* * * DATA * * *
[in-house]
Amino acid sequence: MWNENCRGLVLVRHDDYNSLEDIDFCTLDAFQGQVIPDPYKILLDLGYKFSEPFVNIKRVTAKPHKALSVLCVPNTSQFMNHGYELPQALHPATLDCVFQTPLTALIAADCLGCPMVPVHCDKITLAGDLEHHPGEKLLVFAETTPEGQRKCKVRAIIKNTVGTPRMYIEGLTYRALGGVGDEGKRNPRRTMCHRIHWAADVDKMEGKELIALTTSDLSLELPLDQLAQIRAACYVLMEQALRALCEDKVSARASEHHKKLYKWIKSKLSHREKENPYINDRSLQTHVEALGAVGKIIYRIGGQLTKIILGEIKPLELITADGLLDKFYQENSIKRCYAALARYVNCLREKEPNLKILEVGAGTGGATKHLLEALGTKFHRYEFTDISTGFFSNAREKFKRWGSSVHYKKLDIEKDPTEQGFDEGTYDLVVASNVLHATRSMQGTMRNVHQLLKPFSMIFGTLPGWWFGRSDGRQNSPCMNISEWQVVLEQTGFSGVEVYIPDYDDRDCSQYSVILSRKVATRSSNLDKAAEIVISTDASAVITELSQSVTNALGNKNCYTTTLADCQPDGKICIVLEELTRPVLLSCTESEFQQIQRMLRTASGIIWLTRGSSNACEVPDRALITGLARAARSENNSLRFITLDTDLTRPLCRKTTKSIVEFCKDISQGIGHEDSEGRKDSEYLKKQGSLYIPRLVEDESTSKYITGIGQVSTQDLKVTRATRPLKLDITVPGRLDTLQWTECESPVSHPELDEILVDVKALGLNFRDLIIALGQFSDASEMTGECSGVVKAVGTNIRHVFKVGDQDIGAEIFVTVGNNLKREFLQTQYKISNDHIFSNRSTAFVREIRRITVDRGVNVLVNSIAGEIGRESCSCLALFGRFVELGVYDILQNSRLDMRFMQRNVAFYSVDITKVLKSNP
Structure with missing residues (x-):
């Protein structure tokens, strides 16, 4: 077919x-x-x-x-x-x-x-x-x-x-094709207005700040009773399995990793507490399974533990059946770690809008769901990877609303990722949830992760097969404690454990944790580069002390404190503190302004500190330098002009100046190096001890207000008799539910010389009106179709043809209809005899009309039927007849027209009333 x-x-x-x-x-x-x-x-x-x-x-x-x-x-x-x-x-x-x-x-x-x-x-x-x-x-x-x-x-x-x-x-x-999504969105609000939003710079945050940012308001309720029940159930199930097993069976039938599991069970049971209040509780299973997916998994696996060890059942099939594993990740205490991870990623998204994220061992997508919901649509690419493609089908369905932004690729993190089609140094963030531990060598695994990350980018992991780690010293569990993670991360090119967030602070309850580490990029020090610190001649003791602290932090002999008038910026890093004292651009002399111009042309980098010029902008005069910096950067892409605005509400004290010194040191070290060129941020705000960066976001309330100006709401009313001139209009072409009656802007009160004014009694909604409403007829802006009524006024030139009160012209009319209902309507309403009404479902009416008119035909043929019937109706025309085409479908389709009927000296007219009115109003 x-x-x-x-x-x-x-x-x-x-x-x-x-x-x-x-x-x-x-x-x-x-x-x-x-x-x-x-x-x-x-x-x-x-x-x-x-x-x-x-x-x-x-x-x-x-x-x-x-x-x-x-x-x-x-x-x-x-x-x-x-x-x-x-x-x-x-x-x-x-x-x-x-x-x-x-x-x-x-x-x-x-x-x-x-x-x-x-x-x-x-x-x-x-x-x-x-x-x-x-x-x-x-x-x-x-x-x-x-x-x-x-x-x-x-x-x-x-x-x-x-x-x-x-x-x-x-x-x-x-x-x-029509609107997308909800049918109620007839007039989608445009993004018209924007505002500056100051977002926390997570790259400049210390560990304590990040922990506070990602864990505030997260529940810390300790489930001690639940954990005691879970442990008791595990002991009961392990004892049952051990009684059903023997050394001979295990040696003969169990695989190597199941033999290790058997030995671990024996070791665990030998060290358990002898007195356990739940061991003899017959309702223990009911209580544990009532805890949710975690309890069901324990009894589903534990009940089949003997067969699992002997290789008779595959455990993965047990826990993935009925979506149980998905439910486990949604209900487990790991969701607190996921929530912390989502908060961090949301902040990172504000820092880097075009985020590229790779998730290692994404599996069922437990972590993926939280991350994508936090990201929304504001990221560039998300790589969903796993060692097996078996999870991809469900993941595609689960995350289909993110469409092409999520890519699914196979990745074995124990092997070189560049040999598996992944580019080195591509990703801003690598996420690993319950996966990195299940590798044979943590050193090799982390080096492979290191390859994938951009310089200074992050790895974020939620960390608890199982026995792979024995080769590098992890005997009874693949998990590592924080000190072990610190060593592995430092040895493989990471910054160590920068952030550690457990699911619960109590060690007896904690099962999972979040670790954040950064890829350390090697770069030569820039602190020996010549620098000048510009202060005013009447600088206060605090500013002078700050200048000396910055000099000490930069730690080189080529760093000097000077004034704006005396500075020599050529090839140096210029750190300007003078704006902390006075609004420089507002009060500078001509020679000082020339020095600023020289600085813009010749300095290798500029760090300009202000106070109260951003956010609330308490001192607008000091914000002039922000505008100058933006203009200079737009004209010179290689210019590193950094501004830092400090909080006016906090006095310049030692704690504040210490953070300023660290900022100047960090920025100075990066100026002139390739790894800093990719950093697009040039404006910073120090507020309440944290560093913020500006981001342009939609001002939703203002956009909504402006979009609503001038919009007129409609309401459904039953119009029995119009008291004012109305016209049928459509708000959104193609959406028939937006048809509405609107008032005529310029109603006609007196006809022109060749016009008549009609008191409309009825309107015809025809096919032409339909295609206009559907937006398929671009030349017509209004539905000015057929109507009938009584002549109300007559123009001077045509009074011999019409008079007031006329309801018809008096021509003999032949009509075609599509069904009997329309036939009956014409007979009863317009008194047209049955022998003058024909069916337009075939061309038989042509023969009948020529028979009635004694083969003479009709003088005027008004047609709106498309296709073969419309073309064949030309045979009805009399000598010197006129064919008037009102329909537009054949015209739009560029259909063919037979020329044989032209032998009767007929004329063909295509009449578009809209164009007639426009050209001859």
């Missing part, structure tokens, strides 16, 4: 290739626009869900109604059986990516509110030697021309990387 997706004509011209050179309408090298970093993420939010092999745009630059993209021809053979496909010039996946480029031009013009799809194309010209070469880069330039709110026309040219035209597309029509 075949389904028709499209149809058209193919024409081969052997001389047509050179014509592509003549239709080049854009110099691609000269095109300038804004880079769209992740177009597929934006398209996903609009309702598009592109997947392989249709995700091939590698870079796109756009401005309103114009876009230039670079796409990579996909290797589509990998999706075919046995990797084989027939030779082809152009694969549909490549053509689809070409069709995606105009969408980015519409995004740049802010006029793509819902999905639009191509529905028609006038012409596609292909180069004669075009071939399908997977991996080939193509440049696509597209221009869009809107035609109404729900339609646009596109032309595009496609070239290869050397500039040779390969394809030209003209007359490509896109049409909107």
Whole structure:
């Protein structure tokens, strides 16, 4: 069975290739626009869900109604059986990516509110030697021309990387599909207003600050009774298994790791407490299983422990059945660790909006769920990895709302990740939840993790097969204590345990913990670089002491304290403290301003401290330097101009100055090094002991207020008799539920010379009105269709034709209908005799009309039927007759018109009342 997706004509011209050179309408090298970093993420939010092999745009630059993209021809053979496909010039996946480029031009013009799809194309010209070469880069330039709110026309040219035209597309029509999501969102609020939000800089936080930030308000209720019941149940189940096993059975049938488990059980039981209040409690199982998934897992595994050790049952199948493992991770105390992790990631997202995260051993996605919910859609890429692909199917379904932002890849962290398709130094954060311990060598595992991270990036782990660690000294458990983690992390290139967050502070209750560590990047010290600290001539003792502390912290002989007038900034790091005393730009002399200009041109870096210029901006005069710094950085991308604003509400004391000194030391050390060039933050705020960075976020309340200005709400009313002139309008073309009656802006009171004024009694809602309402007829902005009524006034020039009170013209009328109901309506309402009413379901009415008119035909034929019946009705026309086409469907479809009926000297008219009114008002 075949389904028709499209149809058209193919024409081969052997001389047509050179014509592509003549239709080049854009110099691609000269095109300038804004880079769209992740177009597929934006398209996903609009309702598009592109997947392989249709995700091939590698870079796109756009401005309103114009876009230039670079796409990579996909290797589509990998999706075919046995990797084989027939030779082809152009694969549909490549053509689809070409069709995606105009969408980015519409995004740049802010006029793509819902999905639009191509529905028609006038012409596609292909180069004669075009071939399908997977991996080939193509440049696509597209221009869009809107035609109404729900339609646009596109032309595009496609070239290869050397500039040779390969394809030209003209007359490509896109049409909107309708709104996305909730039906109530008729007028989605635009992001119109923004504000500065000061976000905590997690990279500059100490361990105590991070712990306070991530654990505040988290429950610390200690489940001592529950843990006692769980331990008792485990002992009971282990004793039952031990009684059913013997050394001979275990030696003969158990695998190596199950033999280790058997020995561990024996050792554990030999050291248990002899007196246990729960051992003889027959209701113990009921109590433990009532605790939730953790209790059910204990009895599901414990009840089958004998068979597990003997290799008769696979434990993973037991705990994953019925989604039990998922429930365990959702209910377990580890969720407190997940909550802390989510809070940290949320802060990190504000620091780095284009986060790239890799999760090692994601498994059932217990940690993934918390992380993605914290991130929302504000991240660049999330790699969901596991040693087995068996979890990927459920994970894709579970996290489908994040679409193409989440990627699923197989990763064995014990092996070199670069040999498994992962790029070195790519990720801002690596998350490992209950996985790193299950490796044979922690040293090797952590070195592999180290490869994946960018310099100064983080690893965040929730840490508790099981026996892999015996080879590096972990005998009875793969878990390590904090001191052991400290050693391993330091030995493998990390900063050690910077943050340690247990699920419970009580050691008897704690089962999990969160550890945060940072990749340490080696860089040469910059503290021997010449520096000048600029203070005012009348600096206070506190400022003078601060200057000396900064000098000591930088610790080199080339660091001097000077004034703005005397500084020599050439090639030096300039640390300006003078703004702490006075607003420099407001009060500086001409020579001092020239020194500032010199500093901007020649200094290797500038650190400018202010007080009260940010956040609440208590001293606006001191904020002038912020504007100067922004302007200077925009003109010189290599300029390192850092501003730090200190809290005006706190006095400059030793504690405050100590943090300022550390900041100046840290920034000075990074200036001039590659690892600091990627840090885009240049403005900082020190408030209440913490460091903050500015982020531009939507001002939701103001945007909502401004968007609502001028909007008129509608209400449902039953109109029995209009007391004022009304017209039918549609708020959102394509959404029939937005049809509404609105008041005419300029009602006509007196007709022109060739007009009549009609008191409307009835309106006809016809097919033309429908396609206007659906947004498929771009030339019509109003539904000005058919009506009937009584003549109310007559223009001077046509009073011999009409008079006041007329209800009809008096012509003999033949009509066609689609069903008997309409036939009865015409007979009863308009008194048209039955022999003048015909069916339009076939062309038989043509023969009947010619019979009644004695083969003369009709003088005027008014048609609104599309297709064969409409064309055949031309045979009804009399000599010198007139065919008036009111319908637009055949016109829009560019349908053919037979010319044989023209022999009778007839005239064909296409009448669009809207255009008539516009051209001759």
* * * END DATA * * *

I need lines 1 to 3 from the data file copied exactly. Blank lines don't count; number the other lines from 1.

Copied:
[in-house]
Amino acid sequence: MWNENCRGLVLVRHDDYNSLEDIDFCTLDAFQGQVIPDPYKILLDLGYKFSEPFVNIKRVTAKPHKALSVLCVPNTSQFMNHGYELPQALHPATLDCVFQTPLTALIAADCLGCPMVPVHCDKITLAGDLEHHPGEKLLVFAETTPEGQRKCKVRAIIKNTVGTPRMYIEGLTYRALGGVGDEGKRNPRRTMCHRIHWAADVDKMEGKELIALTTSDLSLELPLDQLAQIRAACYVLMEQALRALCEDKVSARASEHHKKLYKWIKSKLSHREKENPYINDRSLQTHVEALGAVGKIIYRIGGQLTKIILGEIKPLELITADGLLDKFYQENSIKRCYAALARYVNCLREKEPNLKILEVGAGTGGATKHLLEALGTKFHRYEFTDISTGFFSNAREKFKRWGSSVHYKKLDIEKDPTEQGFDEGTYDLVVASNVLHATRSMQGTMRNVHQLLKPFSMIFGTLPGWWFGRSDGRQNSPCMNISEWQVVLEQTGFSGVEVYIPDYDDRDCSQYSVILSRKVATRSSNLDKAAEIVISTDASAVITELSQSVTNALGNKNCYTTTLADCQPDGKICIVLEELTRPVLLSCTESEFQQIQRMLRTASGIIWLTRGSSNACEVPDRALITGLARAARSENNSLRFITLDTDLTRPLCRKTTKSIVEFCKDISQGIGHEDSEGRKDSEYLKKQGSLYIPRLVEDESTSKYITGIGQVSTQDLKVTRATRPLKLDITVPGRLDTLQWTECESPVSHPELDEILVDVKALGLNFRDLIIALGQFSDASEMTGECSGVVKAVGTNIRHVFKVGDQDIGAEIFVTVGNNLKREFLQTQYKISNDHIFSNRSTAFVREIRRITVDRGVNVLVNSIAGEIGRESCSCLALFGRFVELGVYDILQNSRLDMRFMQRNVAFYSVDITKVLKSNP
Structure with missing residues (x-):